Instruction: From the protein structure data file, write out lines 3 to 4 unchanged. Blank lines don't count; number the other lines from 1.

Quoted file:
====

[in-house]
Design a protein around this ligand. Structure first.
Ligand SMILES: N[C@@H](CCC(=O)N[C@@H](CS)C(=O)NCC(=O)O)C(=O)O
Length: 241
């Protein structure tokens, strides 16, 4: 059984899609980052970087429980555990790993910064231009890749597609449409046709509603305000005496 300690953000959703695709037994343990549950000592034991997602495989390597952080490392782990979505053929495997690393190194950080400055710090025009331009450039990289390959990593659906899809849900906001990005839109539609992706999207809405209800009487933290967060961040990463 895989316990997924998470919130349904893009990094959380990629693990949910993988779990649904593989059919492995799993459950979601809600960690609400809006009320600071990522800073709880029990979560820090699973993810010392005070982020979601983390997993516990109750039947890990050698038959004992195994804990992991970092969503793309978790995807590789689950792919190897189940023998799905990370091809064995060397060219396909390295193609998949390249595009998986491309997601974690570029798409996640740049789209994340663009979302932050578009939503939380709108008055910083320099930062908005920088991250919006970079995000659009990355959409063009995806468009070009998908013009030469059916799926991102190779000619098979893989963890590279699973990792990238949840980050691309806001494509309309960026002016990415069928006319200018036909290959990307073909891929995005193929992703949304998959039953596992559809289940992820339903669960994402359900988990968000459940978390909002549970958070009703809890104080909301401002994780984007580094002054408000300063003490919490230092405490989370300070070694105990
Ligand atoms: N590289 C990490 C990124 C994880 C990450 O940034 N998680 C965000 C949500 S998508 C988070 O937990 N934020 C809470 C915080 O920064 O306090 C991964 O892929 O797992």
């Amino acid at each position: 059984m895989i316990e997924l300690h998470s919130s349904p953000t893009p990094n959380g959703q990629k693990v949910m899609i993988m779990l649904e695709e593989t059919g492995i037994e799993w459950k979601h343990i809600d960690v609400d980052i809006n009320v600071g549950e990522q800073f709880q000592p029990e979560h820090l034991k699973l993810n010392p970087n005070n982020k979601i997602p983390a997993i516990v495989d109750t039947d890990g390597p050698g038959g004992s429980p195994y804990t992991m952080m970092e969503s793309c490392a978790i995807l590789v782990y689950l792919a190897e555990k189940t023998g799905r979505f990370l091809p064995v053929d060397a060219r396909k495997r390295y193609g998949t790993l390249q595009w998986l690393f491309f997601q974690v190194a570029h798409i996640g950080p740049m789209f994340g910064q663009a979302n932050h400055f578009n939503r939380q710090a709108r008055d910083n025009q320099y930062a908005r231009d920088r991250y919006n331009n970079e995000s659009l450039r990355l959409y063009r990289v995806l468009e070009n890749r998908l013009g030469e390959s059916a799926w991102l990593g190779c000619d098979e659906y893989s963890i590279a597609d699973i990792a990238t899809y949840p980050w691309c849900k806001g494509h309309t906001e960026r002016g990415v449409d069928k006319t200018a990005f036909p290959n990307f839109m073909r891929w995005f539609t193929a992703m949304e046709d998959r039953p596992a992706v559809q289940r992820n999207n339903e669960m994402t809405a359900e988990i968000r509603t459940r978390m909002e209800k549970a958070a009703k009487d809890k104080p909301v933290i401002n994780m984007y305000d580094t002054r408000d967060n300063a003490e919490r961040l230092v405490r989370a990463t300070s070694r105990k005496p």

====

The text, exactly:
Ligand SMILES: N[C@@H](CCC(=O)N[C@@H](CS)C(=O)NCC(=O)O)C(=O)O
Length: 241